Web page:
I've learned if it's possible to get up at 5 a.m. and write, anything is possible! I've learned that my best friend right now is an afternoon nap. I've learned that 1,666 words in one stretch are not all that intimidating.
Because of NaNo, I’m more verbose, less intimidated by the white page. I blather freely knowing it all adds to the word count. More is better with NaNo. Rather than looking for the perfect words and self-editing as I go, I’m learning to be less self-conscious. I feel like I’m following the Ray Bradbury model. “Don't think. Thinking is the enemy of creativity. It's self-conscious, and anything self-conscious is lousy. You can't try to do things. You simply must do things.”
This blathering, this 'talkng it out on paper' is kind of a silent movie version of talking to myself. If I was speaking my NaNo text aloud, someone, my husband mostly likely, would shuffle me off to the back room when friends arrive at the door.
The day before I started NaNoWriMo, I read Nathan Branford's NaNo Bootcamp postings which helped me realize a road map was crucial to this kamikaze style of writing. I only had a general plot idea, so at the last minute, I worked out about 35 plot points, one sentence each. I had a variety characters I loved, all with a purpose to assist or challenge the Protagonist. Each plot point has become my NaNo assignment for the day, working itself nicely into a scene/chapter. Each day, I re-evaluate the journey, making adjustments for the ways my characters don't always like to stay on the predetermined route.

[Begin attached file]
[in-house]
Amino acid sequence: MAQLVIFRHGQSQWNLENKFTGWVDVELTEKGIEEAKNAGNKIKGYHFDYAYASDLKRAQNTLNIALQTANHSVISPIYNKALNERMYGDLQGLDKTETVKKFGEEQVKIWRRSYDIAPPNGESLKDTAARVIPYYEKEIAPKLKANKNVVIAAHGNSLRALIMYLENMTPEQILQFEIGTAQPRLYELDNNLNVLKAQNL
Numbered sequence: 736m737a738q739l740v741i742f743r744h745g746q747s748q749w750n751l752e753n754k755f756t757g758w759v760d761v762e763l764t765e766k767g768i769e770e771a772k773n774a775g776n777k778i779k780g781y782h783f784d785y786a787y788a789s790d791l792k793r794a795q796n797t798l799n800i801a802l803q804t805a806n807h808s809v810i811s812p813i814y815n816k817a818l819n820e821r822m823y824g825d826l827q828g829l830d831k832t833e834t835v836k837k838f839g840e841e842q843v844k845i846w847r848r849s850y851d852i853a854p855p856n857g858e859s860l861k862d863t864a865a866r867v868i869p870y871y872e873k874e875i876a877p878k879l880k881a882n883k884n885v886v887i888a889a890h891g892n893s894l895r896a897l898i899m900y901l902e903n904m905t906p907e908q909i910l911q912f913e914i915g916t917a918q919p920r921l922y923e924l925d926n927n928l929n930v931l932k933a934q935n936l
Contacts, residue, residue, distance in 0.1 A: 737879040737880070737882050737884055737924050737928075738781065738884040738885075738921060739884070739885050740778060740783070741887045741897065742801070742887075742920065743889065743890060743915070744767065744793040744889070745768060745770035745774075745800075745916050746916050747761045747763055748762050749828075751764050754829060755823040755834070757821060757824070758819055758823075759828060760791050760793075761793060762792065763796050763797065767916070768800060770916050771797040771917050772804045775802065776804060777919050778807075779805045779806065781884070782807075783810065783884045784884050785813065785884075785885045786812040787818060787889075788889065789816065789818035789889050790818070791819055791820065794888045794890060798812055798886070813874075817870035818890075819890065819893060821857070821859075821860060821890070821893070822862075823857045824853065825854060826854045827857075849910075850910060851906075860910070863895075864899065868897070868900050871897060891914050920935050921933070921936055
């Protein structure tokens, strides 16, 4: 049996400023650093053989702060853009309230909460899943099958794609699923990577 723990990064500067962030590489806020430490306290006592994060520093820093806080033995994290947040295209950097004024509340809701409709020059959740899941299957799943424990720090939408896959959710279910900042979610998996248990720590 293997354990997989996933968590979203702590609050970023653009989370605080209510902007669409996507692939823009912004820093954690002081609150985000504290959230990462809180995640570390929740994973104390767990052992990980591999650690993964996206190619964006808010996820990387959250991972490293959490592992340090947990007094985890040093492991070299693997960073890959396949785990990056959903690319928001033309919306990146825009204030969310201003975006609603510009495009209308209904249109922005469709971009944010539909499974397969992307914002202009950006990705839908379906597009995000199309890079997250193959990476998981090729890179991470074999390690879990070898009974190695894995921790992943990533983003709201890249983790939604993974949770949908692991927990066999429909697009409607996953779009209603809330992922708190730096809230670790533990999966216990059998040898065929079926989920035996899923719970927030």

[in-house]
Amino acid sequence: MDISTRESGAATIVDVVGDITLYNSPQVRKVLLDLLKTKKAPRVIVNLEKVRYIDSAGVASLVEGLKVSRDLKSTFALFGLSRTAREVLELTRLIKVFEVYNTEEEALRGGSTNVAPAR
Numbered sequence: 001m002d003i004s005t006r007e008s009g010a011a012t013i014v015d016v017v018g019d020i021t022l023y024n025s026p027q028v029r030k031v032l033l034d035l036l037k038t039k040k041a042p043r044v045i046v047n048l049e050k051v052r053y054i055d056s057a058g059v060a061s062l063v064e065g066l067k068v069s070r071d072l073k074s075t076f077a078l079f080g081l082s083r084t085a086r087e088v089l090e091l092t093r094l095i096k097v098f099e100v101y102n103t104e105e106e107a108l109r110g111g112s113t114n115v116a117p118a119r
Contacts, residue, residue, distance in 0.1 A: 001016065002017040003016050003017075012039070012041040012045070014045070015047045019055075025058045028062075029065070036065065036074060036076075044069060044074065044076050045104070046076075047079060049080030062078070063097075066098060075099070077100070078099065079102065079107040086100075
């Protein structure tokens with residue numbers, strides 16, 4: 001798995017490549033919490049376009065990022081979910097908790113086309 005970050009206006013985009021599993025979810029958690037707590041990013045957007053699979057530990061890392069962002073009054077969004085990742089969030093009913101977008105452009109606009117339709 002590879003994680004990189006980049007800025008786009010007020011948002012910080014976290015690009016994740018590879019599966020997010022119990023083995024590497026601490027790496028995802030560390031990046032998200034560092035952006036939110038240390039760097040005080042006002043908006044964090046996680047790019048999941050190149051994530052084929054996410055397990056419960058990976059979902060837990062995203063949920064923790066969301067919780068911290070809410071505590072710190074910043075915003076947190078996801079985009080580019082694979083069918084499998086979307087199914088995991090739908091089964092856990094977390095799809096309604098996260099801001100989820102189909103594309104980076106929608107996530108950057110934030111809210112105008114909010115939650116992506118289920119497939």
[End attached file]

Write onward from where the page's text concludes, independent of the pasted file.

I've learned that I can write on airplanes, noisy coffee shops and empty houses. (Don't ask.)
I've learned how much the challenge of NaNoWriMo is motivating me when I needed a good kick in the butt!